Signs That Your Pump Is Expired
There are a wide variety of industrial sewage pumps available. That being said, no industrial pump, no matter how well-made, is intended to last indefinitely. Almost every pump will eventually fail or encounter problems if it is used on a regular basis.
The most important thing is to educate yourself and your employees on the signs of a pump failure. Because you’ll know when something’s wrong, you’ll be able to get the pump fixed or replaced before there’s an opportunity for more serious harm to occur.
You’re dealing with contaminated water:
Dirty water is one of the first things to watch out for when inspecting your plumbing.
All pumps, regardless of kind, are designed to filter clean, clear water into your operations on a regular basis. If you’re getting dirty, murky water instead of clean, clear water, it can have a significant impact on your business. In addition, this suggests that your pump has a problem.
To find out what’s wrong with your pump, you should have a technician come out and look at it.
If your pump won’t start or struggles to start, this is a sign:
It’s obvious that if your pump won’t start, it’s a significant problem for your business. In addition, it is a problem if it has difficulty starting.
If this problem arises, there are several possible causes. Electric issues, faulty wiring, or a blowout fuse are all possible causes. Alternatively, your pump may have just “run out.”
Do not put yourself or your employees at risk by trying to solve the problem on your own.
Constant cycling of your pump:
The vast majority of industrial pumps are designed to cycle on and off, and this is how they are most commonly used.
If, on the other hand, you notice that your pump is constantly cycling, making it impossible to tell what stage it is in or if it is doing its job correctly, you have a problem.
This could be due to a faulty or misadjusted on/off switch, a burned-out motor, or a communication problem. As with any of these issues, professional aid and guidance are required for a good diagnosis and solution to be found.
Is There Something Wrong With Your Pump?
Even if your pump doesn’t seem to be making any unusual noises, it’s still a good idea to have it checked out if it suddenly does.
If you hear a lot of clanging or banging noises, this could be an indication of a problem with the pump’s structure or mechanisms. However, if you hear sounds that you are unfamiliar with, you should take immediate action.
As you can see, if there is a problem with your industrial pump, it will let you know. As a result, it’s your responsibility to be on the lookout for any warning indications and to take immediate action if you do come across one. Ignoring the situation will simply exacerbate it and may even have long-term consequences.
What Caused Your Sewer Ejector Pump to Fail?
To transfer solid waste from a drainage point to the disposal area, whether it’s in a private septic tank or a public sewer system, new multi-level homes have the sewer ejector pumps to do so. Sewage pump owners should familiarise themselves with the basics of pump maintenance and the warning signals that the pump is malfunctioning.
Sewage pump lifespans typically range from seven to ten years, but issues might occur even before the pump reaches the end of its useful life cycle in some cases. Premature failure of a sewage ejector pump can be caused by a variety of factors.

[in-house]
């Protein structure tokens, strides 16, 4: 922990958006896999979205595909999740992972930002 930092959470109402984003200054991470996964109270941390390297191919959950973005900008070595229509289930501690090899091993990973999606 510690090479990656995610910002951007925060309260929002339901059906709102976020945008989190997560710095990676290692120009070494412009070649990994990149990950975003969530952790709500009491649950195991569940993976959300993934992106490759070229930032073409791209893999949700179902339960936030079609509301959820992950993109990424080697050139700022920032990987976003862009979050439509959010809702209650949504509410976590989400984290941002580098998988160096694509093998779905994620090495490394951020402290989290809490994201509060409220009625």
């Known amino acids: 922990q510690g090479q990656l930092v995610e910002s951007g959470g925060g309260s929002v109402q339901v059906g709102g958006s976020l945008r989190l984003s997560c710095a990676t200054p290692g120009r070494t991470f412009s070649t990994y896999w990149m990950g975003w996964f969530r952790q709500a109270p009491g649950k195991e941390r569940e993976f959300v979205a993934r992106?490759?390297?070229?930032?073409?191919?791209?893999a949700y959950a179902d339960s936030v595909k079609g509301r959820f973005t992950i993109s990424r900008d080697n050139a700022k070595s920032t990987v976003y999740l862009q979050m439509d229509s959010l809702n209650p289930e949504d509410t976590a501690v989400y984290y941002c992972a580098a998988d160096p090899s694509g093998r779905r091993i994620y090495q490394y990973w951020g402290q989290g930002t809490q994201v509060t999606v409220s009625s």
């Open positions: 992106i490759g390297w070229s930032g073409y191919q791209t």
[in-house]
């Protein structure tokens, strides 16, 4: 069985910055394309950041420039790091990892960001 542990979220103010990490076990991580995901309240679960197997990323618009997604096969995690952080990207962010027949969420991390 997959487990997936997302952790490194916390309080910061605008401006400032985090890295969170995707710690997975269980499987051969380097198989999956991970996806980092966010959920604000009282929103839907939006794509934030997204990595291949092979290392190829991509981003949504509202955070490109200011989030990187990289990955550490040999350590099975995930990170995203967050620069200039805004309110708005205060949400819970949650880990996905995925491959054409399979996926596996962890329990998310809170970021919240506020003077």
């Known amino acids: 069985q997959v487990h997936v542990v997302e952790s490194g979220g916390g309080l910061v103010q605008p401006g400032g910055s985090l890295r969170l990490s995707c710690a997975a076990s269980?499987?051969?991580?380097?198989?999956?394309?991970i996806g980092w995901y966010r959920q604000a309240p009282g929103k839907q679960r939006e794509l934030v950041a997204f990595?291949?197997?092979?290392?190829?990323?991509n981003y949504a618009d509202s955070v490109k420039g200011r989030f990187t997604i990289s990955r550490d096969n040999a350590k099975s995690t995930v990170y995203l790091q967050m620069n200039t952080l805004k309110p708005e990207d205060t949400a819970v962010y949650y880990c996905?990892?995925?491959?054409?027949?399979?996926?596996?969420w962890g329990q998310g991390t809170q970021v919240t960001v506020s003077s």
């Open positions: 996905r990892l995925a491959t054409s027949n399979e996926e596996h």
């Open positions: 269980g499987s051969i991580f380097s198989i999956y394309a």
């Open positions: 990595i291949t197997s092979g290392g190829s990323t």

Powering a Float Switch With Direct Current for a Long Time:
Ejector pumps are similar to sump pumps in that they feature float switches that activate when fluid levels reach a predetermined level, much like sump pumps. When the float switch fails, many homeowners will simply provide the pump with direct electricity, bypassing the float switch.
In the short term, bypassing the float switch is fine for removing waste from the holding vessel, but it is not a good long-term strategy. As a result, the pump’s motor is constantly running. If the pump is left connected to direct electricity, it will wear out much more quickly than normal. Instead of trying to fix the float switch, you should investigate why it’s not working.
The most common causes of a float switch to fail are:
- There’s an issue with the float and it won’t rise as it should
- Solid stuff sinks the float, rendering it unusable.
- Debris in the switch housing clogs the float.
It’s not worth putting your sewage ejector pump at risk just because you didn’t repair the basic problem since float switch issues are usually simple to fix..
Not Taking Notice of Blocked Drainage Pipes:
Most of the time, your sewage ejector pump will be able to clear a clog in your septic lines by running a bit longer. As a rule of thumb, if you notice that the pump is constantly operating, it is advisable to turn it off and call a plumber, as an obstruction is most likely in your sewage discharge pipes.
sewage discharge line obstructions might put the life of your pump in jeopardy if they are too large or dense. Leaving a blocked line unattended can lead to overheating and engine failure if left unchecked for long enough.
Most sewage ejector pumps are equipped with sirens designed to alert homeowners when the pump is overheating, when a backup occurs, or even when the float switch is not working. If the pump was installed by an inexperienced person, the ejector pump’s alarm may not be correctly connected during installation.
Make sure your alarm is working during obstructions in the discharge line to avoid stressing your ejector pump. Inspecting the pump for indicators of effluent backlog or continuous pumping should be a regular habit.
Understanding why sewer ejector pumps fail might save you money in the long run as a property owner.